6 Dietary Deficiencies in Older Adults and Precautions to Take
For older adults, it can be difficult to get all the nutrients needed by the body to maintain health. The body becomes less efficient at absorbing vitamins and minerals with age, and some older people may find it hard to chew and swallow. Older adults also have smaller appetites, so they may need to supplement nutrients. Healthy aging involves understanding why older adults are at increased risk for developing certain deficiencies and how to address them.
1. Vitamin D
Sunlight is a source of vitamin D, and older adults tend to spend less time outdoors due to physical limitations. A decline in kidney function that comes with age can also result in a lack of vitamin D. Vitamin D works together with calcium to improve bone density. It also helps with blood sugar control and muscle function.
Foods like salmon, tuna, beef liver and egg yolks are natural sources of vitamin D. Some foods like milk, yogurt and orange juice may be fortified with vitamin D. However, it can be difficult for older adults to get enough vitamin D through diet alone.
Drip Hydration, Boost Hydration and Rehydrate offer a variety of in-home services such as vitamin injections Orange County. This offers older adults a way to replenish their bodies with essential vitamins, such as vitamin D.
2. Vitamin B12
Vitamin B12 helps the nervous system to function effectively and also plays a role in the production of red blood cells. It is found in animal products, such as poultry, dairy, eggs and meat. Older adults typically produce less stomach acid due to inflammatory conditions and long-term use of antacids. Because stomach acid is necessary to help to separate vitamin B12 from protein, older adults tend to absorb less of it from their diets, sometimes necessitating supplementation.
A fortified food like a breakfast cereal may help older adults absorb the recommended dietary allowance for vitamin B12. These foods offer vitamin B12 while being more easily digested.
Protein plays various roles in the body, such as immune health, the transport and storage of other nutrients, fluid balance, and muscle health. Aging can cause anabolic resistance, a condition affecting protein synthesis that results in reduced skeletal and muscle mass. Older adults need to consume more protein if they want to stay strong, mobile, and reduce their chances of injuries and illness.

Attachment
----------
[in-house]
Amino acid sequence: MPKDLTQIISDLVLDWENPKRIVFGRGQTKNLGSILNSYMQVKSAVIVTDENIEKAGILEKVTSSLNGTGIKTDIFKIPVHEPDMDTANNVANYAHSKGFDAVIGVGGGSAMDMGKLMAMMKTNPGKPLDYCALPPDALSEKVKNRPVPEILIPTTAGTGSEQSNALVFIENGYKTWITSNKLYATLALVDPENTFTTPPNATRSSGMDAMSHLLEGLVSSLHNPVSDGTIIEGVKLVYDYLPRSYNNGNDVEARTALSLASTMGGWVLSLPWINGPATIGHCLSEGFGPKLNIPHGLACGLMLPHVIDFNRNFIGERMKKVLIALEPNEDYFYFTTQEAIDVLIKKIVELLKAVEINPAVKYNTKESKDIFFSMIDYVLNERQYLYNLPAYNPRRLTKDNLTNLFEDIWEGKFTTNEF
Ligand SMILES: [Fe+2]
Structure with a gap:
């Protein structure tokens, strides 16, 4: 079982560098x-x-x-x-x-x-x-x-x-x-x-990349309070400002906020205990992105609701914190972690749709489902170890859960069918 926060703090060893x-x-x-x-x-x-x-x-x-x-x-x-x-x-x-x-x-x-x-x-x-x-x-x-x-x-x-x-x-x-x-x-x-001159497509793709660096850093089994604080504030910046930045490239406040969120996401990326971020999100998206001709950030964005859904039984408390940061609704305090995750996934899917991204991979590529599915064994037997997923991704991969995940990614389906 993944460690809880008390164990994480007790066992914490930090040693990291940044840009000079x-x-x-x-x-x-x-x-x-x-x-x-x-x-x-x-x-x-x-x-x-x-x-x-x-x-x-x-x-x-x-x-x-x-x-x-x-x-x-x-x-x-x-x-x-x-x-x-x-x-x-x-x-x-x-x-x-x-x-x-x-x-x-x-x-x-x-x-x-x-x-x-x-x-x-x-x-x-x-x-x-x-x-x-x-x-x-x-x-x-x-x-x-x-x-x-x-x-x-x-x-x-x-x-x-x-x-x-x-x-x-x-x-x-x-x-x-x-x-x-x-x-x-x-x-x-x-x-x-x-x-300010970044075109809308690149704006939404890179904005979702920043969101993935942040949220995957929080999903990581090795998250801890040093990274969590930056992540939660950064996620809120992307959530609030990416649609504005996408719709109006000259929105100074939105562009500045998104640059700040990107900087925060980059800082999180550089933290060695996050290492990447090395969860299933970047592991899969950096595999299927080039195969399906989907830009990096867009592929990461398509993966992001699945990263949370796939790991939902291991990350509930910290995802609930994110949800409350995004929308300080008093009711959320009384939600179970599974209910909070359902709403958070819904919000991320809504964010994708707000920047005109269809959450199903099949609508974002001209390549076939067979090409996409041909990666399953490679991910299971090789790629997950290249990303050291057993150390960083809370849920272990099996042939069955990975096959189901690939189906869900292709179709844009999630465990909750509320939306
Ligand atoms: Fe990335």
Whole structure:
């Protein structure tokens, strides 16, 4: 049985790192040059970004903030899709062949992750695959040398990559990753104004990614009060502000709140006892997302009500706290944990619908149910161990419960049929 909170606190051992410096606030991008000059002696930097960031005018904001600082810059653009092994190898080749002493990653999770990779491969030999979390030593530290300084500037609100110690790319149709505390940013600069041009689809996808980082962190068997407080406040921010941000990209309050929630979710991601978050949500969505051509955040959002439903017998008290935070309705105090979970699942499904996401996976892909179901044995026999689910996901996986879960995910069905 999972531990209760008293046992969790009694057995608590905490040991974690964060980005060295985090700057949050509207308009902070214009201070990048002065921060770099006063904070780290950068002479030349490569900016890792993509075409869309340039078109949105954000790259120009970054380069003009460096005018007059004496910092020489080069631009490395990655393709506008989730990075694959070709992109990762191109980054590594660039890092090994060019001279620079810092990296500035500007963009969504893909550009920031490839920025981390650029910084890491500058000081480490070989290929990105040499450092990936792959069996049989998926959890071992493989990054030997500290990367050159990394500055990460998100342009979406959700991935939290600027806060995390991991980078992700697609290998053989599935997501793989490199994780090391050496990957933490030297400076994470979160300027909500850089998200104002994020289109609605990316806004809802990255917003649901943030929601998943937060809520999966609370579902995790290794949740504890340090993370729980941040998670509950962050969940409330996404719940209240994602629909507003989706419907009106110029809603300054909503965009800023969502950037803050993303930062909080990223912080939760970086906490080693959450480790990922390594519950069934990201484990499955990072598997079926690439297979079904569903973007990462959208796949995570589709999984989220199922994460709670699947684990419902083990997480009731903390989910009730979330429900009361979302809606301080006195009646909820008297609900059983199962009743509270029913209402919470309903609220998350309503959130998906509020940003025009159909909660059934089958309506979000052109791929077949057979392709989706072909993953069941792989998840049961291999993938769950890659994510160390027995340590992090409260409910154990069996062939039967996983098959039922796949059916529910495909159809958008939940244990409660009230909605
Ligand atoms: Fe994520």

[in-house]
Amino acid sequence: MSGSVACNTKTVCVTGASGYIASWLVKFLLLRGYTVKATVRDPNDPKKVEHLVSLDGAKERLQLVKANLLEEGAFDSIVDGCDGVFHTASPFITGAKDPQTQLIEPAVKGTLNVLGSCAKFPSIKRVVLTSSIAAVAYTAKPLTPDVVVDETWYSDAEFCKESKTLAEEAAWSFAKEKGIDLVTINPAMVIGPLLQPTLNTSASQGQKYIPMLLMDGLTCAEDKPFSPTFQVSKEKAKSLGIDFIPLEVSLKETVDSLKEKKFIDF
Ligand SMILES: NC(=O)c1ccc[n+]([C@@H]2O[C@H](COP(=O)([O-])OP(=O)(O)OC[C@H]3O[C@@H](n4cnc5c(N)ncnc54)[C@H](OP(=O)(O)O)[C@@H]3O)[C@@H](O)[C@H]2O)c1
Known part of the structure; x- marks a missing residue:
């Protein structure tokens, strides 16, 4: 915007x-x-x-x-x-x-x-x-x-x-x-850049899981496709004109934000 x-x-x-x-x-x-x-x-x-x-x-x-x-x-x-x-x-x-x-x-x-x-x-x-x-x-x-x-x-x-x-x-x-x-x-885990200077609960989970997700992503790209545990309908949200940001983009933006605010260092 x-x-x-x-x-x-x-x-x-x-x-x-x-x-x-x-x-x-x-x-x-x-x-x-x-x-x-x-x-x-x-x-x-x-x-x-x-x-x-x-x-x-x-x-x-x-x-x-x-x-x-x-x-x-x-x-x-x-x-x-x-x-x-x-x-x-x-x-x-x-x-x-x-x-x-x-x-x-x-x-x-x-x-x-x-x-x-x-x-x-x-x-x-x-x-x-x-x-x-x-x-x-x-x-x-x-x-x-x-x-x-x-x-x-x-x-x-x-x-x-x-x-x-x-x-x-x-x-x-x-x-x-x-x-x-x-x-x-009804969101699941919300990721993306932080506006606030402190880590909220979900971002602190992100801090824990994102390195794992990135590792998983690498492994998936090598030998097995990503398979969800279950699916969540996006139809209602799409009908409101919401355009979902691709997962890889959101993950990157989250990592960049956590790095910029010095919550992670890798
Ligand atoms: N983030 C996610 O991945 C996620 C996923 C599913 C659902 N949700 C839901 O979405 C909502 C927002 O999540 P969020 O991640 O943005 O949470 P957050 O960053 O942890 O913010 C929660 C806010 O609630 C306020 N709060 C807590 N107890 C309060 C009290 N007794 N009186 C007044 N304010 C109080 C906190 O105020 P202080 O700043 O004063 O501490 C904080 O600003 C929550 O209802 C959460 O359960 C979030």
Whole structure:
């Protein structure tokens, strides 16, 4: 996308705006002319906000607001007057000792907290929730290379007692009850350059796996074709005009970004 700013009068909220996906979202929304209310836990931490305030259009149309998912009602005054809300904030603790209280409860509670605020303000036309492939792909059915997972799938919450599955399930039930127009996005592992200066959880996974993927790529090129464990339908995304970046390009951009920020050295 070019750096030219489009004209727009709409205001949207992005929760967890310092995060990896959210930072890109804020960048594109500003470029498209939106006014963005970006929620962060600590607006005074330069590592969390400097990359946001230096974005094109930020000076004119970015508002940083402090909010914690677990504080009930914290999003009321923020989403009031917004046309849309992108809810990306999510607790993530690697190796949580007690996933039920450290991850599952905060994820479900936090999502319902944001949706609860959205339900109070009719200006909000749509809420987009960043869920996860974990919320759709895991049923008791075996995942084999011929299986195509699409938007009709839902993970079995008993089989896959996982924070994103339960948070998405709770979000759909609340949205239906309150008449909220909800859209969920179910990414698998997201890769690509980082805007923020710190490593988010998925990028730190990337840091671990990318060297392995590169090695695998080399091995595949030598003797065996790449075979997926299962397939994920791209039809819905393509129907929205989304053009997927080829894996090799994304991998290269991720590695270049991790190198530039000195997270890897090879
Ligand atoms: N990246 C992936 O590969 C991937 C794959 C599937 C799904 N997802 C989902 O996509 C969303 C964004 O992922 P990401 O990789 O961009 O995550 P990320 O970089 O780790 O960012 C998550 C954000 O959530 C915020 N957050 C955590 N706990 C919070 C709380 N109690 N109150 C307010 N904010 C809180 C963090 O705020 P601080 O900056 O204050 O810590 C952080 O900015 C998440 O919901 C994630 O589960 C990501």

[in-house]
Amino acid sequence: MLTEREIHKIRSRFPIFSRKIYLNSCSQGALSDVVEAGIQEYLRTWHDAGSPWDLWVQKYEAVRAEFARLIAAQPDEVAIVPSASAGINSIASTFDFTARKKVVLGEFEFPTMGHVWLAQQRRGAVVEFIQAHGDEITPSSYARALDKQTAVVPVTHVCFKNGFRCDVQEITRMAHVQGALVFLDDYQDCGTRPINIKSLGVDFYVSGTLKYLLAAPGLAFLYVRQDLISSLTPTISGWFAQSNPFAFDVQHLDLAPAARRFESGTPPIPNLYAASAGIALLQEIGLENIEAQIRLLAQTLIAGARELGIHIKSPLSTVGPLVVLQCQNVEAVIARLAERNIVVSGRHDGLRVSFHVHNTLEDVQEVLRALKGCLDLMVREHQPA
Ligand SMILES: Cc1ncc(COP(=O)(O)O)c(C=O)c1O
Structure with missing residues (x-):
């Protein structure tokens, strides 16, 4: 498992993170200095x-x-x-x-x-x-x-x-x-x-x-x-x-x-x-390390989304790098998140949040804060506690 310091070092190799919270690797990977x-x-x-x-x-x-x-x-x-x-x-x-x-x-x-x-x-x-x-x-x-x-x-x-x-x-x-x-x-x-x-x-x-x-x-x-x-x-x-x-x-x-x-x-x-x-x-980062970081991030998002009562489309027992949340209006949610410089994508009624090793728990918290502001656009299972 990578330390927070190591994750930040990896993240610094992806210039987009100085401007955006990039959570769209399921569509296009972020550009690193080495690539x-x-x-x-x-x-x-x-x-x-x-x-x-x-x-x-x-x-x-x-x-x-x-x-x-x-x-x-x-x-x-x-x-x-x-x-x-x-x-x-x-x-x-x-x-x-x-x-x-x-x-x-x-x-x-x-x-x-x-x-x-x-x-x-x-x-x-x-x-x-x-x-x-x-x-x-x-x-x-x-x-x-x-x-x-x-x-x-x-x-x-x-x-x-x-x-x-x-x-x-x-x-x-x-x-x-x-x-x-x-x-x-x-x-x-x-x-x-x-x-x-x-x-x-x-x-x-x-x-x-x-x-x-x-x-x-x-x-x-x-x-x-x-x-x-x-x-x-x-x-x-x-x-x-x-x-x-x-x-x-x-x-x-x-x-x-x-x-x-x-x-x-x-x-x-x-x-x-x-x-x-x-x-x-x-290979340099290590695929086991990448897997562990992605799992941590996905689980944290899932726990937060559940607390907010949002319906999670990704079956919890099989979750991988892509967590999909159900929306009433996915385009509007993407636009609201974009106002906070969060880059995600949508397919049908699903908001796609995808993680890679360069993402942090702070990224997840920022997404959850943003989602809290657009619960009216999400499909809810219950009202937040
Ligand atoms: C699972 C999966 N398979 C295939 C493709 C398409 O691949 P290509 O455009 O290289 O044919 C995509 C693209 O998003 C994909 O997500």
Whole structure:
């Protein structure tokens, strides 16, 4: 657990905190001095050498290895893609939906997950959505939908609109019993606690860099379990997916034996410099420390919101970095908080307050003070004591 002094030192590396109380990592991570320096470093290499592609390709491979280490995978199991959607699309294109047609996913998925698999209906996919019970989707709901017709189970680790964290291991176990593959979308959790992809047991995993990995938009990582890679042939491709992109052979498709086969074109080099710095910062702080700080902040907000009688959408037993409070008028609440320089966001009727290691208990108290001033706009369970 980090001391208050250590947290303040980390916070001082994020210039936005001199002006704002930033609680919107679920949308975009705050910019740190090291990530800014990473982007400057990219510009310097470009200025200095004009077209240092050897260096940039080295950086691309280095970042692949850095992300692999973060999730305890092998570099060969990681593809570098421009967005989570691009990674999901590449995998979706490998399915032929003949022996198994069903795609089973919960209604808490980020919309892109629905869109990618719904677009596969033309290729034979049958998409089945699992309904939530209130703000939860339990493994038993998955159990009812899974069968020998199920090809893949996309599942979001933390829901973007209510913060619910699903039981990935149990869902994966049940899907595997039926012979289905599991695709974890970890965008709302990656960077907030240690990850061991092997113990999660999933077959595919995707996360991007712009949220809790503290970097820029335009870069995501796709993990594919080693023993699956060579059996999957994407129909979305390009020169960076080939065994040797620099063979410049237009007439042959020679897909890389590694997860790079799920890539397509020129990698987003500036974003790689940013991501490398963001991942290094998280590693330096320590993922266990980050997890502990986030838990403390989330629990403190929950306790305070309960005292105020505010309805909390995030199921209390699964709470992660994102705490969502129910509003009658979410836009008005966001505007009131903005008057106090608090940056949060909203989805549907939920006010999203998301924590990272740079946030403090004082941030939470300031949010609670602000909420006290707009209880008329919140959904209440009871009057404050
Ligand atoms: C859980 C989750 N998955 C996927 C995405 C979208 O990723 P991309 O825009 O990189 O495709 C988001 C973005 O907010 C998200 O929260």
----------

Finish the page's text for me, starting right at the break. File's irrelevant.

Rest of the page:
It is possible for older adults to meet their protein needs by eating meals rich in protein staggered throughout the day. The best sources of protein tend to be animal-based, but plant sources such as beans and legumes also provide protein. Drinking nutritional supplements between meals can also help increase protein intake.
4. Omega-3 fatty acids
Omega-3 fatty acids provide unsaturated fat that helps to support heart health, and keep the brain, immune system and lungs functioning optimally. The best sources of omega-3 fatty acids are fatty fish like salmon and sardines. They are also found in walnuts, chia seeds and flaxseed oils.
While an older adult may not be deficient in omega-3 fatty acids, studies have linked higher intake with a reduced risk of heart disease, mild cognitive decline and some cancers. Fatty acids could also reduce the risks of age-related macular degeneration, which causes loss of vision in older people.
Most people don’t get enough fiber, and older adults are no exception. Fiber is a non-digestible carbohydrate found in plant-based foods like whole grains, vegetables, fruit, legumes and beans. Many older adults suffer from constipation for various reasons, such as decreased physical activity, medication, disease and less gastric motility. Fiber helps prevent constipation and promotes regular bowel movements. It also helps support the immune system and maintains healthy cholesterol levels.
High-fiber cereals can help older adults get enough fiber. When starting to supplement fiber to your diet, you should gradually increase intake to avoid stomach discomfort.
The human body consists largely of water, and staying hydrated is necessary for so many functions, such as regulating body temperature, removing waste, and transporting nutrients. Older adults often need more water than they drink due to decreased kidney function, reduced thirst sensations, immobility, or cognitive impairment. They may also take medications such as laxatives and diuretics that further increase the likelihood of dehydration.
Apart from making sure they drink water, older adults can get water from beverages like tea and fruit juices. Eating fruits and vegetables high in water can also help. Vitamin IV therapy can also help those who struggle to stay sufficiently hydrated.